• Are open, honest and as transparent as you can be
  • Take full responsibility for your actions
  • Apologize when necessary, but don’t over apologize
  • Don’t create drama but also don’t run away when you feel like you’re losing control

Knowing that you can be counted on makes avoidants who have a hard time trusting others feel safe. They don’t have to constantly worry that you will let them down or that they will disappoint themselves for trusting you to do what you said you’ll do.

10. Be accessible and available

There are several ways that you can show an avoidant ex that you’re accessible and available without coming across as needy and clingy or don’t have a life of your own. This includes keeping the lines of communication open when things are good between the two of you and when they’re not so good, spacing your contacts, checking in periodically, taking rain checks when necessary etc.

11. Be receptive and responsive

To be truly responsive in a way that makes an avoidant feel safe, be present and receptive and convey warmth, empathy and sensitivity. Recognize their bids for connection and distress cues and respond in ways that make them feel listened to, understood, appreciated and valued.

12. Be consistent

Consistency is important for all attachment styles but more important for a fearful avoidant because it’s inconsistency that created their disorganized attachment style in the first place. They expect you to reject/abandon them (not be available or response), punish them for breaking up with you or put your own self-protective interests/agenda above theirs. Consistency means showing them that “I’m still here”, you still matter and your feelings and needs still matter to me even when right now I shouldn’t still be here and your needs and feelings shouldn’t matter to me because we’re broken up. I’m the same person who fell in love you, and will remain the same throughout this process.

To make an avoidant ex feel safe, be consistent in how you show up for them. Even when they’re pulling away or deactivating, don’t change how you’ve been showing them you care and love them. This is especially important when dealing with a fearful avoidant attachment.

COMMENTS:

If you’re an avoidant, tell us what being safe means for you; and if you love an avoidant, tell us some of the ways you are making your avoidant feel safe. Remember, we’re in this together!

RELATED:

How Do I Give My Avoidant Ex Space? (And How Much Space)

How to Be Consistent With A Fearful Avoidant Ex (Get Them Back).

Why An Avoidant Ex Pulls Away After An Argument (STOP IT)

How To Handle A Highly Independent Avoidant Ex

How To Approach An Avoidant Ex About A Problem

How To Be Supportive To  A Fearful Avoidant Ex – And Earn Their Trust).

How A Fearful Avoidant Ex Comes Back – Explained In Detail

What Makes A Dismissive Avoidant Ex Miss You And Come Back?

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36 replies on “How to Make An Avoidant Ex Feel Safe Enough To Come Back”
  1. says: Tiggy

    I was doing many of the things here even before reading the article. Things are definitely better since I started focusing on making my DA feel safe. My first question is, is this enough? My second question is I’m sure one you’ve been asked a million times, can an avoidant change?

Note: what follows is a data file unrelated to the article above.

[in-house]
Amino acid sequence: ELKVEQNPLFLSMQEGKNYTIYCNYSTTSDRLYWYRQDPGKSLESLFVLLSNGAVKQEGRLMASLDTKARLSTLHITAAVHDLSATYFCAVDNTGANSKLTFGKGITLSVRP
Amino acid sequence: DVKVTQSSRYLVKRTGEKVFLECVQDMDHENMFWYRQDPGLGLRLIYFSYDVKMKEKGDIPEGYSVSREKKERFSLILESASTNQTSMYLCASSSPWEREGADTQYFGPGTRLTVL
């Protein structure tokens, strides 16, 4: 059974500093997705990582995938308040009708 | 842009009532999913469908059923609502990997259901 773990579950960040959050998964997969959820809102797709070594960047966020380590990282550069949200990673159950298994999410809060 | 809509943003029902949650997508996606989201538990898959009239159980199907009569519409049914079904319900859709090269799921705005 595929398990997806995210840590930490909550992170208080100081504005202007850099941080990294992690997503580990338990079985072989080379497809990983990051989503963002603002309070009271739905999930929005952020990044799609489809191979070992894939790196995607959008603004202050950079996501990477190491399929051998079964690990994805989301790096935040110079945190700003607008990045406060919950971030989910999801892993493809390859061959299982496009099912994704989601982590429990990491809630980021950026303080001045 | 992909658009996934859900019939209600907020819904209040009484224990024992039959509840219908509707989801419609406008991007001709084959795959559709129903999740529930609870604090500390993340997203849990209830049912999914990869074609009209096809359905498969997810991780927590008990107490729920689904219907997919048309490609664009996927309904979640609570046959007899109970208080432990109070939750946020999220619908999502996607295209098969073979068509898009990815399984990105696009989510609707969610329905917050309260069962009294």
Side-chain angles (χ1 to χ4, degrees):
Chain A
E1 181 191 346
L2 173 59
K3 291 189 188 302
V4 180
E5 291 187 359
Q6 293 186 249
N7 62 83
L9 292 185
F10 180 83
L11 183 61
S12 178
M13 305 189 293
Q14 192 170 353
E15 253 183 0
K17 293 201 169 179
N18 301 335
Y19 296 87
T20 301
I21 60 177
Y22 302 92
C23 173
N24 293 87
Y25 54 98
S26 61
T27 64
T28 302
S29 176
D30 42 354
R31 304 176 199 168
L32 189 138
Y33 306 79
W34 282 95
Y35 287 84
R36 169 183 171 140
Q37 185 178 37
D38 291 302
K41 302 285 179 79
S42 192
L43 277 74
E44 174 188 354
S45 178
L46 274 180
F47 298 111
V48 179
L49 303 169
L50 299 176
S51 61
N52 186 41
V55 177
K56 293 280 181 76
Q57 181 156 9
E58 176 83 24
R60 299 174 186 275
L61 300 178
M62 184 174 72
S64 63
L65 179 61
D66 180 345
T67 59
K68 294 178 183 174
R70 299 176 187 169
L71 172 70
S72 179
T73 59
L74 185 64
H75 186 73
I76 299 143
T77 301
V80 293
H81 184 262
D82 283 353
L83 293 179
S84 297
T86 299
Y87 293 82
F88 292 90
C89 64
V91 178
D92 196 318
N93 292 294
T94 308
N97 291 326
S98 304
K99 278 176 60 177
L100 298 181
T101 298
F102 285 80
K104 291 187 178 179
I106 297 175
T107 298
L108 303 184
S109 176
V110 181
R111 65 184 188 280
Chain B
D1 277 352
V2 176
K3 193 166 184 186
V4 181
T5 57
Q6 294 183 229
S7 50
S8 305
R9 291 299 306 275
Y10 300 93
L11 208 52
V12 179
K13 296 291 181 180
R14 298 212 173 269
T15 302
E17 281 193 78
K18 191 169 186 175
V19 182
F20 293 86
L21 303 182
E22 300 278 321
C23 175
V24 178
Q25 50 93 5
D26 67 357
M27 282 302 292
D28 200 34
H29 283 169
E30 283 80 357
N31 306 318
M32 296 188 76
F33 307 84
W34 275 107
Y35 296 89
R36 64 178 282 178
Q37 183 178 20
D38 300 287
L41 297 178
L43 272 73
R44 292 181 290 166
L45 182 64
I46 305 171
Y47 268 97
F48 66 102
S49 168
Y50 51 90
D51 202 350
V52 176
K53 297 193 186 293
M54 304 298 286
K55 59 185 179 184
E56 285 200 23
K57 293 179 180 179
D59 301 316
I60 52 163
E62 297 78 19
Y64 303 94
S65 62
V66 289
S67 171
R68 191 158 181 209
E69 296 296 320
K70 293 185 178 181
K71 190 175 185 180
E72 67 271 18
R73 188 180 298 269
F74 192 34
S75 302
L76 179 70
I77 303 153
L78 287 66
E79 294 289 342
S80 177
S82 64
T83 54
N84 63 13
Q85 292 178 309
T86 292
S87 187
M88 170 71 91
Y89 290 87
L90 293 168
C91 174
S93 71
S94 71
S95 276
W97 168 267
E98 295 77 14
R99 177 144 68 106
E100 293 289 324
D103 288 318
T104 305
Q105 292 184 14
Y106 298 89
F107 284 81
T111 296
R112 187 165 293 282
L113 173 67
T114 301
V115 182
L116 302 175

1. says: Love Doctor Yangki Akiteng

      Is this enough to make an avoidant feel safe? To a large extent yes. These are the common things that make an avoidant feel unsafe, but not all. The article would be unreadable if I were to list them all.

      Is it enough to make an avoidant come back? Yes and no. You still have to address the reasons why you broke up. Attachment styles as powerful a tool as it is only a factor but often not the reason for break-ups. As I say in my articles, people are more than their attachment style and relationships problems are more than about attachment styles.

      Can an avoidant change? Yes, absolutely.

      Can An Avoidant Ex Change Their Attachment Style?

      Do they want to change? That’s another story. Many avoidants specifically DAs like who they are.

      How To Handle A Highly Independent Avoidant Ex (Triggers)

  2. says: Moriah

    I’ve learned a lot about how my actions make an avoidant feel unsafe and working on becoming more secure. Right now, however, I’m struggling emotionally. I’ve struggled with severe depression since late teens and find myself struggling to be emotionally available for my FA ex when I just want to sleep all day and not talk to anyone. He leans anxious and I don’t want to go no contact, I’ve seen how he reacts in the past and it’s part of the reason he broke up with me. He thought I pulled away and broke up with me by text. With the help of your site, I’ve been able to get him to a place where he responds to all my texts and 2 weeks ago tarted initiating on his own. Do you have advice on how to take space for myself to self-care without triggering in him the fear of abandonment? Thank you.

    1. says: Love Doctor Yangki Akiteng

      I’m sorry about your depression. You’re right to want time to yourself to self-care. It’s hard to be emotionally available for someone else when your own emotional resources are depleted.

      This article will help you do just that without triggering your FA ex, and also help protect the connection you currently have.

      Why A Cool Off Period Is More Powerful Than No Contact

  3. says: Tiffany

    You should post more YouTube videos. There are only a select few youtubers that part about attachments & tbh I feel like yours are more relatable & realistic to actual real life scenarios. I think you’d blow up! Especially if you do shorts because they seem to reach everyone & it’ll help your business worth your clients as well. Love all of your articles & videos. Thank you so much!!! ??????

    1. says: Love Doctor Yangki Akiteng

      I appreciate your kind words. Videos require time and commitment but I’m also weary of causing more confusion and even promoting unhelpful stereotypes which happens a lot with a three-minute video. Writing articles helps me explain how to best move forward in our relationships without focusing on the attachment style itself.